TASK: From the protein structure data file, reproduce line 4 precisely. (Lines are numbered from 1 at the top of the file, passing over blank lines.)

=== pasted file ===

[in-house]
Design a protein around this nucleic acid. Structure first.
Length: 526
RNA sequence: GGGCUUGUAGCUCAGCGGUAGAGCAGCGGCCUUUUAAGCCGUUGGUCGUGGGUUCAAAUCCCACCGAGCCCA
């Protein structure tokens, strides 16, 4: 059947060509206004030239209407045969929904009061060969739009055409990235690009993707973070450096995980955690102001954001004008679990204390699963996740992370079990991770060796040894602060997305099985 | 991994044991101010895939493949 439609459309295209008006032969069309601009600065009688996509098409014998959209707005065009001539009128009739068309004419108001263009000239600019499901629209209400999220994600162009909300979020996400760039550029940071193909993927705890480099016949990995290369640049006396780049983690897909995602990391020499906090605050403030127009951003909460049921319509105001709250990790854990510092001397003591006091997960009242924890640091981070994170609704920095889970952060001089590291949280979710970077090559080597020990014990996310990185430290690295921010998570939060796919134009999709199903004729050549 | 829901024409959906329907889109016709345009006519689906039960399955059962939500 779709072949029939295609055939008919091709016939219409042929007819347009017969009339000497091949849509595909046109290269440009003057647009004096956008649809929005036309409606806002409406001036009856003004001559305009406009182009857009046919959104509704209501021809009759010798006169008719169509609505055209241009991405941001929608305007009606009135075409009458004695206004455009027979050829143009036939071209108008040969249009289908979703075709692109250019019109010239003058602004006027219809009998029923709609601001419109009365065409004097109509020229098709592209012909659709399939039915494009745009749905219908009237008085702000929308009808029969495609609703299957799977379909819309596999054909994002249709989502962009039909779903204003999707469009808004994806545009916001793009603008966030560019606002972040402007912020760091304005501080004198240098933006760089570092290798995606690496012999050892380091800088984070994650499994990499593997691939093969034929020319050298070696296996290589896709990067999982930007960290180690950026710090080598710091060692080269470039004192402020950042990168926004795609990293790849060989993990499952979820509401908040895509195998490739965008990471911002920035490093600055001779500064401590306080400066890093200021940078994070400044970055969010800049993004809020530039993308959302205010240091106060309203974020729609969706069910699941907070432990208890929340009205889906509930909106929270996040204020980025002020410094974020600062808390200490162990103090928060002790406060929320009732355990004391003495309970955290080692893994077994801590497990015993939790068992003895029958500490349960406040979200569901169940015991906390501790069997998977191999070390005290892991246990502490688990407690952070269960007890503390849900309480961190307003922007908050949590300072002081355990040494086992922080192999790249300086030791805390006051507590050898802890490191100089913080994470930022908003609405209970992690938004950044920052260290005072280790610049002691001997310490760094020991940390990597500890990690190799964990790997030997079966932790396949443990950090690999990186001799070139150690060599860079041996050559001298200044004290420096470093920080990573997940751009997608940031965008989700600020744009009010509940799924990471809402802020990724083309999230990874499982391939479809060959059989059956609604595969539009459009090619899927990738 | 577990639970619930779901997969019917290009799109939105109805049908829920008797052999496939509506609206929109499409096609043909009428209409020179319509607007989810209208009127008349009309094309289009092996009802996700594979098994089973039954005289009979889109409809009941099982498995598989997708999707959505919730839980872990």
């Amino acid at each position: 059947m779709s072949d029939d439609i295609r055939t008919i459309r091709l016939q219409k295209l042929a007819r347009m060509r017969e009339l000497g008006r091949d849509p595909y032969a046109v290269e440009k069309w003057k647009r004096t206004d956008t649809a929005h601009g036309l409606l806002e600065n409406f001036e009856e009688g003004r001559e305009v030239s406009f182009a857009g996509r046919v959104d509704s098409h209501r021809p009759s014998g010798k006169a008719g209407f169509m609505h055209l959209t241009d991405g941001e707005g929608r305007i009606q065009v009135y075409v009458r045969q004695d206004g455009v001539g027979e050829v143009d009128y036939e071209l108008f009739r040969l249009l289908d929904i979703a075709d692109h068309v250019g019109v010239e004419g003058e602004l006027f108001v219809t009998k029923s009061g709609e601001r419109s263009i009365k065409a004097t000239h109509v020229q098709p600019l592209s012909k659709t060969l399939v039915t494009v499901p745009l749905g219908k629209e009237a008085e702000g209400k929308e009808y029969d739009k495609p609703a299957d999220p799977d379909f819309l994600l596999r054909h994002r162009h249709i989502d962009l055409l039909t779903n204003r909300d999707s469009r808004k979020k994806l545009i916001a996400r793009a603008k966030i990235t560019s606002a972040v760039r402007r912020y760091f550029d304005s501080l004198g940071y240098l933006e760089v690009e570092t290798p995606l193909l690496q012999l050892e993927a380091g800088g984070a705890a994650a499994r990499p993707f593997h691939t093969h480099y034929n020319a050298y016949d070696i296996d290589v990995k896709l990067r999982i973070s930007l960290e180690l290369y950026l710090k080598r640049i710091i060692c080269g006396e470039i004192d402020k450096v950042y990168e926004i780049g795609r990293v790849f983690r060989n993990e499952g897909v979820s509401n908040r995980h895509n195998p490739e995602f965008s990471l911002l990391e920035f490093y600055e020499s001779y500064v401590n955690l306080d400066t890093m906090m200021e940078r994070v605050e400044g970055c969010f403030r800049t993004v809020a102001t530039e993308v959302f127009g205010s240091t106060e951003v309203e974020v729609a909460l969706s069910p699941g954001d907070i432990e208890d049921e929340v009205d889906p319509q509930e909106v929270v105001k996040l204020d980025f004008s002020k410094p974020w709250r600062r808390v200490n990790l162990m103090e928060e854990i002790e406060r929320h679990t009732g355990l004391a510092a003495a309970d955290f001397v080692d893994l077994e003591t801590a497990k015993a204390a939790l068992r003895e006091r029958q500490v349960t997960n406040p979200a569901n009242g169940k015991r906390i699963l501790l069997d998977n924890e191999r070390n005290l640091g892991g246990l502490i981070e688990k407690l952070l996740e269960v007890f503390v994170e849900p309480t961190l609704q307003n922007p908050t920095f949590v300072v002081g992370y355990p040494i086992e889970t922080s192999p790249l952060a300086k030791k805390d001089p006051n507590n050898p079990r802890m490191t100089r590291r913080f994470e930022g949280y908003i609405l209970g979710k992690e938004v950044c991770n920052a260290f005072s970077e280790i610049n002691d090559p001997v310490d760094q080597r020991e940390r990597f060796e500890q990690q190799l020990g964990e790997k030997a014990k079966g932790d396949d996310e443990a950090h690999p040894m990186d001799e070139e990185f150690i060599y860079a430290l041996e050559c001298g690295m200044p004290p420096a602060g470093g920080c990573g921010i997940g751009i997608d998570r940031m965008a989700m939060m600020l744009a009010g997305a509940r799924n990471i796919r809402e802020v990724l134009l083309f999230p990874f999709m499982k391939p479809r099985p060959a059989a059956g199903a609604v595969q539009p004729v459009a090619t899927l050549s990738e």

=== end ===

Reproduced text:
RNA sequence: GGGCUUGUAGCUCAGCGGUAGAGCAGCGGCCUUUUAAGCCGUUGGUCGUGGGUUCAAAUCCCACCGAGCCCA